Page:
Thanks so much for all the replies. I have printed out the list that rainbowgardner suggested from gixxerific which was posted here in the forum. I loved all the suggestions and I am sure most will fit right into my scheme of things. thanks again.

User avatar
Gary350
Super Green Thumb
Posts: 4917
Joined: Mon Mar 23, 2009 5:59 pm
Location: TN. 50 years of gardening experience.

I save space by planting several different ways.

I plant 2 rows of bush beans side by side like it is 1 row.

I plants tomatos in rows very close together mostly so they will shade them self from the hot summer sun.

Squash are large plants so they are planted in single rows but very close together.

I plant peppers are planted very close together in singles rows too.

You need to consider some plants are early spring crops, some of mid summer crops, some late summer and some are fall crop, and some are winter crops, some need full sun and some don't.

I have learned from experience that 70% of my bean crop comes from the first harvest, 20% from second harvest and 10% from 3rd harvest so I pull the beans up after the first harvest and plant a new crop of beans this gives me 40% more beans for the whole summer crop.

I plant carrots and peas in the snow sprinkle seeds in rows about 20" wide. I also plans peas in the fall too.

I plant onions and garlic in raised beds 24" wide or rows 24" wide 5 rows in that width.

Corn does not do well in a small crop so I plant 7 rows 15 ft long with rows 12" apart seeds are 6" apart. This is 217 plants in a 7x15 space with full sun all day.

User avatar
gixxerific
Super Green Thumb
Posts: 5889
Joined: Fri Jun 26, 2009 9:42 pm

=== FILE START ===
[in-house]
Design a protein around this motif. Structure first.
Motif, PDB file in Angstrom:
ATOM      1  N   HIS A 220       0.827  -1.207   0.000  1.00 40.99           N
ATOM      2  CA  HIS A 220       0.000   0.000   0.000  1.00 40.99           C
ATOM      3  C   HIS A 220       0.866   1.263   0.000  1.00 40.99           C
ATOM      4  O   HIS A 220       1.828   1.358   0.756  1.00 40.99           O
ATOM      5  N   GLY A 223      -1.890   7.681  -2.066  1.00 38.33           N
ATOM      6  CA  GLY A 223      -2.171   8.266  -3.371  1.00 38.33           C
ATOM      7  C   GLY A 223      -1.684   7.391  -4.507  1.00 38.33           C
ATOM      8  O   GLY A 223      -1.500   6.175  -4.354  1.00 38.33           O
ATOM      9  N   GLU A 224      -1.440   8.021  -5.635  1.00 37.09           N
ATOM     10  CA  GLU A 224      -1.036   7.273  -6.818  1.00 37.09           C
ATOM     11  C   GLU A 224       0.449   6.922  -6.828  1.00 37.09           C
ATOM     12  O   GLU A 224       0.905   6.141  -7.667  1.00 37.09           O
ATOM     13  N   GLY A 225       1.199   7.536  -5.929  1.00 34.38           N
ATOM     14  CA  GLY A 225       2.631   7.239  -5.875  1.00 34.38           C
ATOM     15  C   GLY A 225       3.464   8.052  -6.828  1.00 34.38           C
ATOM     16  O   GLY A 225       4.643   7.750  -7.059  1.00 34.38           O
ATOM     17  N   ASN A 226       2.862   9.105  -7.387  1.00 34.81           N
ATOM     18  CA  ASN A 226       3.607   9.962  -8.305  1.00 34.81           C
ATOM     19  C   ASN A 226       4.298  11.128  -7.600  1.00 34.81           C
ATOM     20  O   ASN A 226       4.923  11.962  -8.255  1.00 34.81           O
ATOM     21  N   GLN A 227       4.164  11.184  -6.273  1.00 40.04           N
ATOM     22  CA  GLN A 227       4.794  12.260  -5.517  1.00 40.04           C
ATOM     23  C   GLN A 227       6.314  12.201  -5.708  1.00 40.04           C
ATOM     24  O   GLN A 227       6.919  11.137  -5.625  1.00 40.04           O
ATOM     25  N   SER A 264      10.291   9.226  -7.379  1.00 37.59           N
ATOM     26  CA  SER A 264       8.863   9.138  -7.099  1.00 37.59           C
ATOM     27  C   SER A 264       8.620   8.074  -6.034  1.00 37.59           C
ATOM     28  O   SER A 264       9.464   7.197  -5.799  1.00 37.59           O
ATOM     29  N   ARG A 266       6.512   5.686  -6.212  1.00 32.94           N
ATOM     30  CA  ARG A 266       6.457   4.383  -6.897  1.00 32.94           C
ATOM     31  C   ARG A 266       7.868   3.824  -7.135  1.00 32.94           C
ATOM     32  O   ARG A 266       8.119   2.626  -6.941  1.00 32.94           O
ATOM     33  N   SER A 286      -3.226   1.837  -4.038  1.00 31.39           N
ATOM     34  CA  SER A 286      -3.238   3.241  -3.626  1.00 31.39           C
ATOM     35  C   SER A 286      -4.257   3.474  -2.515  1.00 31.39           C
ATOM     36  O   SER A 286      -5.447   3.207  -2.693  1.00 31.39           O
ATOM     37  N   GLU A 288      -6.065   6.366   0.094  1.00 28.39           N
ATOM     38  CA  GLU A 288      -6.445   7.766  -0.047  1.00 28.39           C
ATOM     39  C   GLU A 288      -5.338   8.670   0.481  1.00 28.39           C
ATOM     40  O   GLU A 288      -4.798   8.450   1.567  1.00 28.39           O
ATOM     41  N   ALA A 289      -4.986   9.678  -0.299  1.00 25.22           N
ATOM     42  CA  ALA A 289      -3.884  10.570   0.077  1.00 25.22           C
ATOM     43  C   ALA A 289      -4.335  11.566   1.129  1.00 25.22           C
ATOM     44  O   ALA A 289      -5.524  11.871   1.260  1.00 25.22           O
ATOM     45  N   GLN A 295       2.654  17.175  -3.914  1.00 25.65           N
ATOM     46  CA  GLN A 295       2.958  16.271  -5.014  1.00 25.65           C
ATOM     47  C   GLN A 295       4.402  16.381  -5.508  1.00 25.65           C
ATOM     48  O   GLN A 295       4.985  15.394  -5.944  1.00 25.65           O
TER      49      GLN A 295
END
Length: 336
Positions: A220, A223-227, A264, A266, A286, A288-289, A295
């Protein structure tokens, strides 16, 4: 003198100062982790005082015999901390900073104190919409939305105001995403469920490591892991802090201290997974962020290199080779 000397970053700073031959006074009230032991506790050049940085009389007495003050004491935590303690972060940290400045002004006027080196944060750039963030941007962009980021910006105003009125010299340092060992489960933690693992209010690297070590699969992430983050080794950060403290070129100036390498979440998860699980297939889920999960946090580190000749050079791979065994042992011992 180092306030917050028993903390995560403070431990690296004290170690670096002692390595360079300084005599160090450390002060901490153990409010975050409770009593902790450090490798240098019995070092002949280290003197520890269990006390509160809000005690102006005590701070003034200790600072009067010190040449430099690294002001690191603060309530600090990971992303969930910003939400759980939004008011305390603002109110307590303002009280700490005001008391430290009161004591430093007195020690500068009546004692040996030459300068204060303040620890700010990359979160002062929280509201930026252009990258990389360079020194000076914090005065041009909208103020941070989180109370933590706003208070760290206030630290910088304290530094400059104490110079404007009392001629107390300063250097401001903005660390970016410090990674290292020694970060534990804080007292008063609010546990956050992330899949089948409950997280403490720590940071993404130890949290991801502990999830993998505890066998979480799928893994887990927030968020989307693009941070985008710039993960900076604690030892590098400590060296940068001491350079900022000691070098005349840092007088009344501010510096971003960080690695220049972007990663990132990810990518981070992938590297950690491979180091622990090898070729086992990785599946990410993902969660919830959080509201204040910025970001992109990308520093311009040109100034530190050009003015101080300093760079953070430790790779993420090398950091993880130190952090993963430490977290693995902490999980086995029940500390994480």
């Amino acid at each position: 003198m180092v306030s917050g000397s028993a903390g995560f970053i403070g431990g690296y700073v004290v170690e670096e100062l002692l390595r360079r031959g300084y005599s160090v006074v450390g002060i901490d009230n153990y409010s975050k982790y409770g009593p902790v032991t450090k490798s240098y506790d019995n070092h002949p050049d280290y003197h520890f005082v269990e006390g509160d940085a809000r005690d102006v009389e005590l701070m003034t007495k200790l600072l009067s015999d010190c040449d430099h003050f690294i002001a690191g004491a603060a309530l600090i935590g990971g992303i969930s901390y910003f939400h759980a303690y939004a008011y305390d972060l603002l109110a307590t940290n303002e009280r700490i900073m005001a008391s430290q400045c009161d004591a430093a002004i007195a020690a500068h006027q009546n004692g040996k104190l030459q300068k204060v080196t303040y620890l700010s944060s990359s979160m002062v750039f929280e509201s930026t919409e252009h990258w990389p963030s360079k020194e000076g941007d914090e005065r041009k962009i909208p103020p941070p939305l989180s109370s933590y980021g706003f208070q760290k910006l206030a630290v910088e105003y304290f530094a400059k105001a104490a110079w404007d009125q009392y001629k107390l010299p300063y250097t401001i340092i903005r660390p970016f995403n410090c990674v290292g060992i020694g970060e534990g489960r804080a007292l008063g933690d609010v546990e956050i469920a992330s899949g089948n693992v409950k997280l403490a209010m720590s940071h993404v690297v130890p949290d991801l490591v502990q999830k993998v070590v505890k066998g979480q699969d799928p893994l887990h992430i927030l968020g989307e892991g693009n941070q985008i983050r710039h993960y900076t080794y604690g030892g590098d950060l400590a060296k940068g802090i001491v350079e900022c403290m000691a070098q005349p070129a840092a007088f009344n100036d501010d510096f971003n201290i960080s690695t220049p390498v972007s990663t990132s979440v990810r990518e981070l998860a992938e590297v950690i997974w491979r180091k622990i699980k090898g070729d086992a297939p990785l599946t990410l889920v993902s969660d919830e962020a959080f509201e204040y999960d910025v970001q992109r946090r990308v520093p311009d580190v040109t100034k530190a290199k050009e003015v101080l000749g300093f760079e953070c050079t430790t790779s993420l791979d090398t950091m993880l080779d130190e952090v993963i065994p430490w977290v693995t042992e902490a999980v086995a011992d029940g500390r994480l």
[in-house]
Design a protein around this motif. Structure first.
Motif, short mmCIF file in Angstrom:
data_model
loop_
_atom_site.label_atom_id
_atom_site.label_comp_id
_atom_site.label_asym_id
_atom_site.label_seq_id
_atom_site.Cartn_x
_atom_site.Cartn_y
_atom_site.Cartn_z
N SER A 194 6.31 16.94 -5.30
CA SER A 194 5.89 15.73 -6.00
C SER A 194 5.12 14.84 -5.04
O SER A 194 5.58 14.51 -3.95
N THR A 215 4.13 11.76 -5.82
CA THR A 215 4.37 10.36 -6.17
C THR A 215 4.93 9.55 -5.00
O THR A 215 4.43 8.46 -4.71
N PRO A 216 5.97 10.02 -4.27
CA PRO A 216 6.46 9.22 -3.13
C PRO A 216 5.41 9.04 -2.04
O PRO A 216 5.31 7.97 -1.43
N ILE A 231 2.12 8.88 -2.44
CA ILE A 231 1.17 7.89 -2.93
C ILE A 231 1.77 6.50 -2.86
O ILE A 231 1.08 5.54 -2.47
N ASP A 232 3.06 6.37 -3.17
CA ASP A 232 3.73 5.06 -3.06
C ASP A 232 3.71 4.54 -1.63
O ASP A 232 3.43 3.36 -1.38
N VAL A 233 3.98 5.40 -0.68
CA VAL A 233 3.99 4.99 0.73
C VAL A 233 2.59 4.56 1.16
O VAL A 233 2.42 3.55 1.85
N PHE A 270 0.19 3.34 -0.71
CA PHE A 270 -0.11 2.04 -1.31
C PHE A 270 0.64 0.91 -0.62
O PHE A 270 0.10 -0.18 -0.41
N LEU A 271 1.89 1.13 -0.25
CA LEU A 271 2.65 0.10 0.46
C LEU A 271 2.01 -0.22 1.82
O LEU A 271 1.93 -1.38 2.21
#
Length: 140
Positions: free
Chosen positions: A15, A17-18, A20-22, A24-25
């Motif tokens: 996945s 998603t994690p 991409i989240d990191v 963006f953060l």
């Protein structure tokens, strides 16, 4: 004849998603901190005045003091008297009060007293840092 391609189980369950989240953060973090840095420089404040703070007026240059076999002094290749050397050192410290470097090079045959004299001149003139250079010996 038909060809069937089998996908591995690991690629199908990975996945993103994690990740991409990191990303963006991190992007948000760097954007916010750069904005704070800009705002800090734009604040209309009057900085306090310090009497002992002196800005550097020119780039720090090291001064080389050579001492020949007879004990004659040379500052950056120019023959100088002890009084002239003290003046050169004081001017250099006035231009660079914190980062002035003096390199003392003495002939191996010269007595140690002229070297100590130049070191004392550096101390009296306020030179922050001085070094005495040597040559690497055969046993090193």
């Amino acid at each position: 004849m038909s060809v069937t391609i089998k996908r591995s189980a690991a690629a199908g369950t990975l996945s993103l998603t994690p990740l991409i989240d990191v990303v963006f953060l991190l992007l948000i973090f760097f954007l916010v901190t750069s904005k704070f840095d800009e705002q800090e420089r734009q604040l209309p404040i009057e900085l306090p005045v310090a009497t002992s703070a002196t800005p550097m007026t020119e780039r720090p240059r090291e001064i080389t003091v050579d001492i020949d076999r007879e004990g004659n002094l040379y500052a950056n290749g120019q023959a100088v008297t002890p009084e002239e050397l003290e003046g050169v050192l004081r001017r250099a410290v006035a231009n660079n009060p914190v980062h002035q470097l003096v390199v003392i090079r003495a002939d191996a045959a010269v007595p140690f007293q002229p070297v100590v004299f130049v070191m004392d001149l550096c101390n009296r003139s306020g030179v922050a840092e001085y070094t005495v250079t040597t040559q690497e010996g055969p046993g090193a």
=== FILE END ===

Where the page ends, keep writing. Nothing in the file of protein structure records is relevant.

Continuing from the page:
Location: Wentzville, MO (Just West oF St. Louis) Zone 5B

Not sure if it has been mentioned or not. But don't forget about putting plants in pots. I have done onions, potatoes, carrots, garlic, tomatoes, greens etc in pots.

Another thing to think about is stuffing some of those fancy colored greens or maybe eve some very compact dwarf tomatoes in with your flower beds.

Oh yeah neighbors are great to unload your extras on as well. :lol:

User avatar
jal_ut
Super Green Thumb
Posts: 7480
Joined: Mon Jan 19, 2009 3:20 am
Location: Northern Utah Zone 5

Question on how to make the most of my garden space

I have the luxury of having plenty of space, so I plant in rows 30 inches apart for most things then am able to run the tiller between rows once or twice to get weeds.

Now to your problem: If you are not using a tiller like I do for weeding, you can put your rows much closer than 30 inches on many varieties.

Wide rows. Make your rows as wide as your rake. Sprinkle on some seed then rake it to cover it. This works very well with turnips, radish, beets, carrots etc.

Lettuce and cabbage, plant seed in a small plot like 16 inches square, then later when it is about two inches tall transplant it to beds and space the plants accordingly depending on the type of growth habit.

About the 3 sisters, corn, beans and squash. Traditionally this planting was made with winter type squash and varieties that were going for dry on the corn and beans. Harvest would be about the time of the first frost.

It is worthwhile to note that plants close together compete with each other for water, nutrients and sunshine. One needs to be cautious to avoid too much competition.
Gardening at 5000 feet elevation, zone 4/5 Northern Utah, Frost free from May 25 to September 8 +/-

Return to “Vegetable Gardening Forum”